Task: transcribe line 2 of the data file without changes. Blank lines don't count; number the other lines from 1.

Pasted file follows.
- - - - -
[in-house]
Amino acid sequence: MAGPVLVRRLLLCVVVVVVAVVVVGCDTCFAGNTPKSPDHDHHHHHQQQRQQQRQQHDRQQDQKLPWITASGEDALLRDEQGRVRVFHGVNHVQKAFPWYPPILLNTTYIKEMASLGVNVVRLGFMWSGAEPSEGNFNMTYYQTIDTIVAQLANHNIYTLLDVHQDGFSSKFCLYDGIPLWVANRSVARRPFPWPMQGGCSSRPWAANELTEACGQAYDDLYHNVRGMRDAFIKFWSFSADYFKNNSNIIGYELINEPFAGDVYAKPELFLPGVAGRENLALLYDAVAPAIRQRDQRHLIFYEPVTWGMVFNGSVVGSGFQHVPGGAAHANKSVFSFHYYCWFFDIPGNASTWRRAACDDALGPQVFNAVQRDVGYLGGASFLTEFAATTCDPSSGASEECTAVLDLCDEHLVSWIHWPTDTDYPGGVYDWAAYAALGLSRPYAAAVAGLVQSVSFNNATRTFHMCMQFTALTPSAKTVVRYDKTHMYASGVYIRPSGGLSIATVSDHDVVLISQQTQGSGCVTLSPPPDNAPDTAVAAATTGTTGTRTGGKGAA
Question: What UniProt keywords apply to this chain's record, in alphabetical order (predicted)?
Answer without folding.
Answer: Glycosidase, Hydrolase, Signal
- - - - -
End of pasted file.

Amino acid sequence: MAGPVLVRRLLLCVVVVVVAVVVVGCDTCFAGNTPKSPDHDHHHHHQQQRQQQRQQHDRQQDQKLPWITASGEDALLRDEQGRVRVFHGVNHVQKAFPWYPPILLNTTYIKEMASLGVNVVRLGFMWSGAEPSEGNFNMTYYQTIDTIVAQLANHNIYTLLDVHQDGFSSKFCLYDGIPLWVANRSVARRPFPWPMQGGCSSRPWAANELTEACGQAYDDLYHNVRGMRDAFIKFWSFSADYFKNNSNIIGYELINEPFAGDVYAKPELFLPGVAGRENLALLYDAVAPAIRQRDQRHLIFYEPVTWGMVFNGSVVGSGFQHVPGGAAHANKSVFSFHYYCWFFDIPGNASTWRRAACDDALGPQVFNAVQRDVGYLGGASFLTEFAATTCDPSSGASEECTAVLDLCDEHLVSWIHWPTDTDYPGGVYDWAAYAALGLSRPYAAAVAGLVQSVSFNNATRTFHMCMQFTALTPSAKTVVRYDKTHMYASGVYIRPSGGLSIATVSDHDVVLISQQTQGSGCVTLSPPPDNAPDTAVAAATTGTTGTRTGGKGAA